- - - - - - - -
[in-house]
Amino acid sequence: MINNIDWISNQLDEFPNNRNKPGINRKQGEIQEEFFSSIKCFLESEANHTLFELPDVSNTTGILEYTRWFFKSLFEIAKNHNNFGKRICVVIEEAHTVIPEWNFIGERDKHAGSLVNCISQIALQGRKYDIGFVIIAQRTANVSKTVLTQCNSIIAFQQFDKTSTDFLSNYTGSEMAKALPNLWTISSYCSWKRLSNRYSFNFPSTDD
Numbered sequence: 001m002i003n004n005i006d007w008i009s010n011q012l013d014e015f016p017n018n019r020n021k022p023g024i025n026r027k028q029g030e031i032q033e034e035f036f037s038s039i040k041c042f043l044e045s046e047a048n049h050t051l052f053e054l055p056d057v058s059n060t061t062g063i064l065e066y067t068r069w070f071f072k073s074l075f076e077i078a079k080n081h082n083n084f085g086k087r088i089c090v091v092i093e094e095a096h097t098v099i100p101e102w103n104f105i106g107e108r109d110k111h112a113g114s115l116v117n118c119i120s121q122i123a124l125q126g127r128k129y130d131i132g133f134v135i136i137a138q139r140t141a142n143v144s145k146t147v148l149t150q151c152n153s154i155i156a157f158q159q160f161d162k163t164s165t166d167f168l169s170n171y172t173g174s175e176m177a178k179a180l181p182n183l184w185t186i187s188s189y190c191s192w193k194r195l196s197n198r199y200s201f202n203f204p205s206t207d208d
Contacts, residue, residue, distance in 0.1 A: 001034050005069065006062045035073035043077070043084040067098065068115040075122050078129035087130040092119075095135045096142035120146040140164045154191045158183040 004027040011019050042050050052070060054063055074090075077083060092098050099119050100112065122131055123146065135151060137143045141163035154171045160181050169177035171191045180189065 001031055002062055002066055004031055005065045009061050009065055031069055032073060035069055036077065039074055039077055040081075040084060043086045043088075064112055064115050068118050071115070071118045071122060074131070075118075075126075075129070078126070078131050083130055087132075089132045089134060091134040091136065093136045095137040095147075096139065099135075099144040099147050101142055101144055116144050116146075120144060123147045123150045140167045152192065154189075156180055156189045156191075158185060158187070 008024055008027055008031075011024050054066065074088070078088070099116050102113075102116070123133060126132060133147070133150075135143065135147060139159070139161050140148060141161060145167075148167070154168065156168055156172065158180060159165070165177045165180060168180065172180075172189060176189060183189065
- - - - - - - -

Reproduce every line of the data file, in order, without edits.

[in-house]
Amino acid sequence: MINNIDWISNQLDEFPNNRNKPGINRKQGEIQEEFFSSIKCFLESEANHTLFELPDVSNTTGILEYTRWFFKSLFEIAKNHNNFGKRICVVIEEAHTVIPEWNFIGERDKHAGSLVNCISQIALQGRKYDIGFVIIAQRTANVSKTVLTQCNSIIAFQQFDKTSTDFLSNYTGSEMAKALPNLWTISSYCSWKRLSNRYSFNFPSTDD
Numbered sequence: 001m002i003n004n005i006d007w008i009s010n011q012l013d014e015f016p017n018n019r020n021k022p023g024i025n026r027k028q029g030e031i032q033e034e035f036f037s038s039i040k041c042f043l044e045s046e047a048n049h050t051l052f053e054l055p056d057v058s059n060t061t062g063i064l065e066y067t068r069w070f071f072k073s074l075f076e077i078a079k080n081h082n083n084f085g086k087r088i089c090v091v092i093e094e095a096h097t098v099i100p101e102w103n104f105i106g107e108r109d110k111h112a113g114s115l116v117n118c119i120s121q122i123a124l125q126g127r128k129y130d131i132g133f134v135i136i137a138q139r140t141a142n143v144s145k146t147v148l149t150q151c152n153s154i155i156a157f158q159q160f161d162k163t164s165t166d167f168l169s170n171y172t173g174s175e176m177a178k179a180l181p182n183l184w185t186i187s188s189y190c191s192w193k194r195l196s197n198r199y200s201f202n203f204p205s206t207d208d
Contacts, residue, residue, distance in 0.1 A: 001034050005069065006062045035073035043077070043084040067098065068115040075122050078129035087130040092119075095135045096142035120146040140164045154191045158183040 004027040011019050042050050052070060054063055074090075077083060092098050099119050100112065122131055123146065135151060137143045141163035154171045160181050169177035171191045180189065 001031055002062055002066055004031055005065045009061050009065055031069055032073060035069055036077065039074055039077055040081075040084060043086045043088075064112055064115050068118050071115070071118045071122060074131070075118075075126075075129070078126070078131050083130055087132075089132045089134060091134040091136065093136045095137040095147075096139065099135075099144040099147050101142055101144055116144050116146075120144060123147045123150045140167045152192065154189075156180055156189045156191075158185060158187070 008024055008027055008031075011024050054066065074088070078088070099116050102113075102116070123133060126132060133147070133150075135143065135147060139159070139161050140148060141161060145167075148167070154168065156168055156172065158180060159165070165177045165180060168180065172180075172189060176189060183189065